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Ignatieff dismisses exit-plan 'fiction' Add to ...

PETERBOROUGH, ONT. - A chagrined Michael Ignatieff this morning lambasted a Toronto Star story that says he is considering a job at the University of Toronto, describing the report as "fiction."

"I don't know where he got it from," the Liberal Leader responded, when asked about a piece by columnist James Travers saying informal overtures had indirectly been made to Mr. Ignatieff to replace Janice Gross Stein as director of the Munk School of Global Affairs, should he lose the next election.

"Do I look like someone who is campaigning for any other job than being prime minister of the country?" said Mr. Ignatieff, who is just days into an arduous six-week bus tour to promote his and his party's fortunes.

When asked whether he or anyone associated with him had had any contact with anyone associated with the Munk Centre about any possible future there, he replied: "No. Absolutely, categorically no."

Before returning to Canada to enter federal politics in 2005, Mr. Ignatieff had been in discussions to join the foreign-policy institute. The Liberal Leader had held a similar position at Harvard University.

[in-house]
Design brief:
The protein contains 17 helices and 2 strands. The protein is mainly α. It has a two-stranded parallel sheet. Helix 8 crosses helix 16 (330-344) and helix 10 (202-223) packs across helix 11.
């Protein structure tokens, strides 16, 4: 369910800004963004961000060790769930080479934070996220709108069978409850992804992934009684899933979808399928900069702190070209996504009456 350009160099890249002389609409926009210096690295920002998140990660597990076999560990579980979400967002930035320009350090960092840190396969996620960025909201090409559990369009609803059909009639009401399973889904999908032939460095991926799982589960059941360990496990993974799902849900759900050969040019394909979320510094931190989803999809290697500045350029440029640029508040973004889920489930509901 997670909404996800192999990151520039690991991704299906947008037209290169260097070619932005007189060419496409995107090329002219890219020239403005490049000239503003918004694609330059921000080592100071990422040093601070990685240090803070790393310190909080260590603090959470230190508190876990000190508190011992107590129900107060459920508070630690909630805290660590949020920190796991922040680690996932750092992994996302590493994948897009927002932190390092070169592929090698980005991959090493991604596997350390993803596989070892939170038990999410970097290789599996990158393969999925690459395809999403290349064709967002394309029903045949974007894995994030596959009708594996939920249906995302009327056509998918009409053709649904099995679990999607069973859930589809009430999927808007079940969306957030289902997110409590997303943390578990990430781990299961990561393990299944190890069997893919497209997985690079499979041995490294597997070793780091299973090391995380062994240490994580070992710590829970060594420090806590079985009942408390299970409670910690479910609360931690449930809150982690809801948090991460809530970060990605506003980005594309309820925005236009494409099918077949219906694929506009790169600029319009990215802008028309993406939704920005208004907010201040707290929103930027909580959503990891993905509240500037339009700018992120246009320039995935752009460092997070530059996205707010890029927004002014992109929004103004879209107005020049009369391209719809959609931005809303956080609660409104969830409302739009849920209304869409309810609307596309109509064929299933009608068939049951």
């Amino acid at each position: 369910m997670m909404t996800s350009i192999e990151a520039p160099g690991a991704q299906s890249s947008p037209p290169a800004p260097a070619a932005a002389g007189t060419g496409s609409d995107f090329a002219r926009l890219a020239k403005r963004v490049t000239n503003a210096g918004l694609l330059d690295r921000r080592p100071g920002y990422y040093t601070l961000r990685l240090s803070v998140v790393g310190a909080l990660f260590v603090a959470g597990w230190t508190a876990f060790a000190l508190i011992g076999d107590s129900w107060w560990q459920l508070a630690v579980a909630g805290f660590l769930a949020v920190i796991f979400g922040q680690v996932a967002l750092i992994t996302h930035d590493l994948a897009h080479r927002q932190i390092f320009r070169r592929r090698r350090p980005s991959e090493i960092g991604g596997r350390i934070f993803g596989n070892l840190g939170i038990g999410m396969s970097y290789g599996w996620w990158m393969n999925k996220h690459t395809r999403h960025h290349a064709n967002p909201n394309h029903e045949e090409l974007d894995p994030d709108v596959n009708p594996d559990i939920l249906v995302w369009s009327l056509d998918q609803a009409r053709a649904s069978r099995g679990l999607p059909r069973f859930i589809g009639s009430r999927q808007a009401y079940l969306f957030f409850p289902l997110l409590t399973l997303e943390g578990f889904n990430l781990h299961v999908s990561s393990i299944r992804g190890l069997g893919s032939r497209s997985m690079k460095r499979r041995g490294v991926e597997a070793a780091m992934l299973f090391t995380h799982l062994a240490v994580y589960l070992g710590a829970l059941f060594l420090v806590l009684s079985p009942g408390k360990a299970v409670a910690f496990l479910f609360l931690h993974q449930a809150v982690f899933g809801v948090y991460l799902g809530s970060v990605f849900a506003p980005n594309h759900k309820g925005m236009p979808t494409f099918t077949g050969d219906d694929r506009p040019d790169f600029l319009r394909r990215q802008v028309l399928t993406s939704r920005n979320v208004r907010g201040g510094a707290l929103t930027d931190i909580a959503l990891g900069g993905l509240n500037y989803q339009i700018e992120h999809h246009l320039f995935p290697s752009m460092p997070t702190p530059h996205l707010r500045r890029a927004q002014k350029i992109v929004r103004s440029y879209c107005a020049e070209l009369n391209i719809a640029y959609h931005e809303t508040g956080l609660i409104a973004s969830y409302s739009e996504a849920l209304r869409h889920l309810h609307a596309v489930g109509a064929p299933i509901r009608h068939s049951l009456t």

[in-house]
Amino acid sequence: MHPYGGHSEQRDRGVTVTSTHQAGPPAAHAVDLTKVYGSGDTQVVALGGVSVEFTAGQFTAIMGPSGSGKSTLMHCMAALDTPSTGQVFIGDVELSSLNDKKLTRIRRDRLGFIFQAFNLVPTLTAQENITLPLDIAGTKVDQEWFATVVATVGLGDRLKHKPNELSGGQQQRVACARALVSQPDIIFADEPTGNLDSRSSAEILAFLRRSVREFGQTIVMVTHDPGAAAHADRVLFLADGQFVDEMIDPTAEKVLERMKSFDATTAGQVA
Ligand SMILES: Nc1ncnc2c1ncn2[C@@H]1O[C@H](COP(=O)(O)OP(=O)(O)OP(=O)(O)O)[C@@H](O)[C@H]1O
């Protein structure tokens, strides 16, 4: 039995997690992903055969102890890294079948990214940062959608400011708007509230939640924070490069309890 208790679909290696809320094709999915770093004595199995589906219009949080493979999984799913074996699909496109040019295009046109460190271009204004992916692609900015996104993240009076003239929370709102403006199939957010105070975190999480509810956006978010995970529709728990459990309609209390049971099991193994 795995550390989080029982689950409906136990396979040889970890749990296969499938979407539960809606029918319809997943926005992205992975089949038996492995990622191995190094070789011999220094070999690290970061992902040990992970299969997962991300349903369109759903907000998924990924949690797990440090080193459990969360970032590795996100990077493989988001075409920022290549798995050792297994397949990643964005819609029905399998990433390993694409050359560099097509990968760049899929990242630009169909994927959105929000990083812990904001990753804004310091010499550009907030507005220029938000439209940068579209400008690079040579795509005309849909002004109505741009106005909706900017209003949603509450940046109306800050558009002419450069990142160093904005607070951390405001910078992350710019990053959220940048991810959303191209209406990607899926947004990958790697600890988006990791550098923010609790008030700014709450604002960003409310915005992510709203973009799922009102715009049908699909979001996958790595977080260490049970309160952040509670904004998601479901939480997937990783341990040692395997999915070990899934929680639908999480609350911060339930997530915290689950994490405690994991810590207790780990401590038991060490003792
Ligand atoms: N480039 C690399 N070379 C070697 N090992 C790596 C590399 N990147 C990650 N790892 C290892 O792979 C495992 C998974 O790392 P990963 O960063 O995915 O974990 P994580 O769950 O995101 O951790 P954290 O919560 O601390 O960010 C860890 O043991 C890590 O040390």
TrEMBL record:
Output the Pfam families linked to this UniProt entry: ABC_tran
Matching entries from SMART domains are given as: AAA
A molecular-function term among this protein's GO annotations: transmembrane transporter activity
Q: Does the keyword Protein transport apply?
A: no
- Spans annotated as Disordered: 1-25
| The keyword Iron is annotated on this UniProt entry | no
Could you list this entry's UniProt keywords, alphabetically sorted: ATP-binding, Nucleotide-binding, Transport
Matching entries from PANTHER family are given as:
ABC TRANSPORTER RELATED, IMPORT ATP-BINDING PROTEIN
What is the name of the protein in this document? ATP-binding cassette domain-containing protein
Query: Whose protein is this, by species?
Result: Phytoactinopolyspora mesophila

But those discussions ended when he ran for Parliament, Mr. Ignatieff said, and had not resumed, even though the Munk Centre is seeking a replacement to Ms. Stein, who is stepping down.

Leaders of opposition parties that are behind in the polls - as the Liberals have been for a year now - are subject to attacks from disgruntled members within their party, as well as from the opposition.

Mr. Ignatieff has repeatedly had to tamp down speculation from those associated with former prime minister Jean Chrétien or Liberal MP Bob Rae that the party should consider merging with the NDP, or that Mr. Ignatieff's leadership was not long for this world.

Coming at the launch of this bus tour, and distracting attention from it, the rumours of talks of an exit strategy for Mr. Ignatieff may be simply mischief-making from within the Liberal Party's own ranks, which at times has done a far better job of undermining its leader than the Conservatives could ever hope to achieve.

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